The Early Christian Community in Context
The light of Christ was the beginning of david hoffmeister , but the history of the Christian Church began with the resurrection of Jesus and a time forty days later with the first sermon given by Peter. His sermon and the whole-hearted commitment of the disciples at Pentecost illustrate the power of Jesus’ death and the gifts that Jesus Christ gave to them for humanity’s sake. The Christian community in the first several centuries survived as a sect within the Roman empire, until early in the 4th century and Emperor Constantine will the Christian community be altered into a Christian empire.
The early Christian community functioned as a sect, much like Judaism during the time of Jesus. Sects and counter-cultures generally defy the broader world, they are moralizing and a sect is exclusivistic. The Christian community in the first three centuries is defined by these characteristics.
Early Christianity denied many of the tenants of the pagan Roman world. The Romans viewed Christians as atheists because Christians denied traditional and imperial worship. Christian monotheism clashed with the culture’s polytheism. An implication of Christian religiosity was pacifism, since Christians were members of the Kingdom and dwelled on earth temporarily they did not take part in warfare. Christians, as well, were slandered by some Romans for participating in incestuous behavior and practicing cannibalism. It was written that members of the Christian community were involved in incest during their evening meals, a skewed version of Christians being literally brothers and sisters. They were labeled as cannibals because of their Eucharistic beliefs. Romans also viewed Christians as ignorant and foolish for their missionary work to the poor and those of low status in society.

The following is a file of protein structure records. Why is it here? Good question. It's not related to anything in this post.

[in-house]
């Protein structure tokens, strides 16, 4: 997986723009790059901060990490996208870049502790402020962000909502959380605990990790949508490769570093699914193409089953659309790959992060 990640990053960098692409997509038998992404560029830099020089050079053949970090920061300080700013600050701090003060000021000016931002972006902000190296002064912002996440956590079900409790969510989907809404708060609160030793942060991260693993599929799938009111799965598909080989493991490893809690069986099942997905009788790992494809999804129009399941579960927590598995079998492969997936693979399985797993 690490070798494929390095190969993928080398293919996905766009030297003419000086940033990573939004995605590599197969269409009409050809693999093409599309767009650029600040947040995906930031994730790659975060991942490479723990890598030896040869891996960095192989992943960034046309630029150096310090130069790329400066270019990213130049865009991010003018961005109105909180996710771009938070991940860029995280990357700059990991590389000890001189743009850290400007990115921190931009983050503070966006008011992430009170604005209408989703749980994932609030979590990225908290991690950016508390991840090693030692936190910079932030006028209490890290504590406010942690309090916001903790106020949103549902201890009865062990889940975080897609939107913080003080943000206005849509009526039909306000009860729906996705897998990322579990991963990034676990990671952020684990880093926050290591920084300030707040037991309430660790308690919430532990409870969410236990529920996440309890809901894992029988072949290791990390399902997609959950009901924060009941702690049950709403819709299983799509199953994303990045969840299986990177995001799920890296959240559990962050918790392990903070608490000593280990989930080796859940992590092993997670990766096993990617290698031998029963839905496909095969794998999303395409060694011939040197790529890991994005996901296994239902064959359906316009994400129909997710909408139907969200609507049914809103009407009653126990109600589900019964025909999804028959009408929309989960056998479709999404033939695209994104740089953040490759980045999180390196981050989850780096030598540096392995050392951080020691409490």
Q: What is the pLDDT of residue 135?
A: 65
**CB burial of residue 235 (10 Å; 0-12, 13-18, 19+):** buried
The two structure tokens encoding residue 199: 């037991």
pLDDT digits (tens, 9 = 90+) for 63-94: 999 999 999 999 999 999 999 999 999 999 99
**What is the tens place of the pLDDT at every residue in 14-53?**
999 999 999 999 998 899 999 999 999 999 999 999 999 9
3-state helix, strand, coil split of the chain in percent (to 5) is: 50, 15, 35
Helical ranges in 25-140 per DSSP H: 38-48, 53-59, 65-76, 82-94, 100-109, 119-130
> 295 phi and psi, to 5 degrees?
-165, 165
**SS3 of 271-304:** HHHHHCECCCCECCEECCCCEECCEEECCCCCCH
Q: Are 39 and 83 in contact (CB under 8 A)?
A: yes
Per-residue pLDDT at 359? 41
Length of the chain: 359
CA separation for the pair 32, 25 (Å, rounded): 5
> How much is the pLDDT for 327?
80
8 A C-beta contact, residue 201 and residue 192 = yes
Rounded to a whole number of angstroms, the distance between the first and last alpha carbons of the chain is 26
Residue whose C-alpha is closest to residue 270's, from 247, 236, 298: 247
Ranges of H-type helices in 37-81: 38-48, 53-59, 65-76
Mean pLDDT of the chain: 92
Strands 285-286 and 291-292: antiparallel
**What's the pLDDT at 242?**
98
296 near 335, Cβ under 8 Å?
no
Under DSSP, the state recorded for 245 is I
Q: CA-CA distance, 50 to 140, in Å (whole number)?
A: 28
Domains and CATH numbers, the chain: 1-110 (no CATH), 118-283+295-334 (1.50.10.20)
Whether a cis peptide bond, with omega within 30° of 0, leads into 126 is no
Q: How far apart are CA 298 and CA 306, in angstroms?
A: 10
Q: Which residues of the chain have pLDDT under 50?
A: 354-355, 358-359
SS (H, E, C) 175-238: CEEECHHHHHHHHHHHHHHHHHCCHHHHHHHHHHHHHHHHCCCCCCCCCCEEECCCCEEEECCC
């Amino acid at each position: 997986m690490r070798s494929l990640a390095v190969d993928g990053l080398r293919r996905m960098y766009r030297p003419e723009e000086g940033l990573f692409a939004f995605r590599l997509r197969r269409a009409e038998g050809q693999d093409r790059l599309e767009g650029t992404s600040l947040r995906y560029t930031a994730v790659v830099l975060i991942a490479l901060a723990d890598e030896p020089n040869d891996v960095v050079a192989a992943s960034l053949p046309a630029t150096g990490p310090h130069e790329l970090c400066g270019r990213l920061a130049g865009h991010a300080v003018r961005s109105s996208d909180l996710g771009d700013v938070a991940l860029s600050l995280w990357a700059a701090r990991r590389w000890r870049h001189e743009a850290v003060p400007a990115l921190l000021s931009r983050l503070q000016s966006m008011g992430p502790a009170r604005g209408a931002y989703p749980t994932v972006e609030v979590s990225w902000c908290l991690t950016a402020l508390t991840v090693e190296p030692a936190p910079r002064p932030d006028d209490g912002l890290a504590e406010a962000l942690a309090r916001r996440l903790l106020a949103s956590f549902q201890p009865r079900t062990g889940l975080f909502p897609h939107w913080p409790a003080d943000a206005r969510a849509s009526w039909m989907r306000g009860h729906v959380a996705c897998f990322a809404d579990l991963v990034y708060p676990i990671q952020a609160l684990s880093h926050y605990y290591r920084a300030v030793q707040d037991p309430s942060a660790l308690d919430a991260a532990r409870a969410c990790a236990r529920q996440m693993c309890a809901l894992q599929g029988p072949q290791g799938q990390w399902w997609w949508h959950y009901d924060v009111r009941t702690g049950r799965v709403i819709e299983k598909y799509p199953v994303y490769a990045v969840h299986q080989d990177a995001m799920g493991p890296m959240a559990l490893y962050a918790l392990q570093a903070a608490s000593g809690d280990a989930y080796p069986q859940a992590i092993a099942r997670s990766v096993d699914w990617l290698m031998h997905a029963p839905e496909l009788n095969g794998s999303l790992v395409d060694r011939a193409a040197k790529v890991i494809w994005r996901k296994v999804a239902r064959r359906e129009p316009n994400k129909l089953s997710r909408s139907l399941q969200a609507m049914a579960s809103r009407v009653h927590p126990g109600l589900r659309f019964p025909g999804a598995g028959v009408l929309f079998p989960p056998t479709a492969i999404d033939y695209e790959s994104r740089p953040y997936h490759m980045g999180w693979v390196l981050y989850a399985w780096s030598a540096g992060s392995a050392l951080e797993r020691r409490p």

The Christian community was exclusivistic and moralistic. A Christian had to be baptized to enter the faith, they had to agree to enter the community and put himself or herself under the jurisdiction of the Church. The Sacrament of Initiation, originally combined baptism, Eucharist and confirmation, was a long and intensive process. The function of baptism was purification, conversion and to renew the human through the power of the Spirit. In preparation for baptism, one’s sins needed to be repented, full observation of the commandments and, one had to receive and proclaim the good news of Christ.
Once an individual made the conversion to Christ, they could participate in the Eucharist. This celebration was in essence a simple ritual meal shared in community to remember and give thanks for the death and resurrection of Christ. Generally, Christians gathered in someone’s house and they celebrated mass together. The oldest Christian church building dates to 250AD, within several decades numerous churches had been established.
Along with sacrament of initiation, penance was vitally important. Jesus gave the Church via the disciples the power to remit sins and thus exclude sinners. Before Eucharist, an individual needed to confess their sins to God through a priest. A component with receiving forgiveness was a corresponding commitment to work towards ending the sinful practices in his or her life. Christian beliefs demanded rigorous adherence, and commitment to live “in Christ Jesus.”
If the individual entered the jurisdiction of the Church then there was a variety of Christian beliefs that could fulfill their covenant. This allowed the Church to be theologically diverse and exclusivistic. Christianity’s theological diversity and character fundamentally changed in the 4th century because of Emperor Constantine.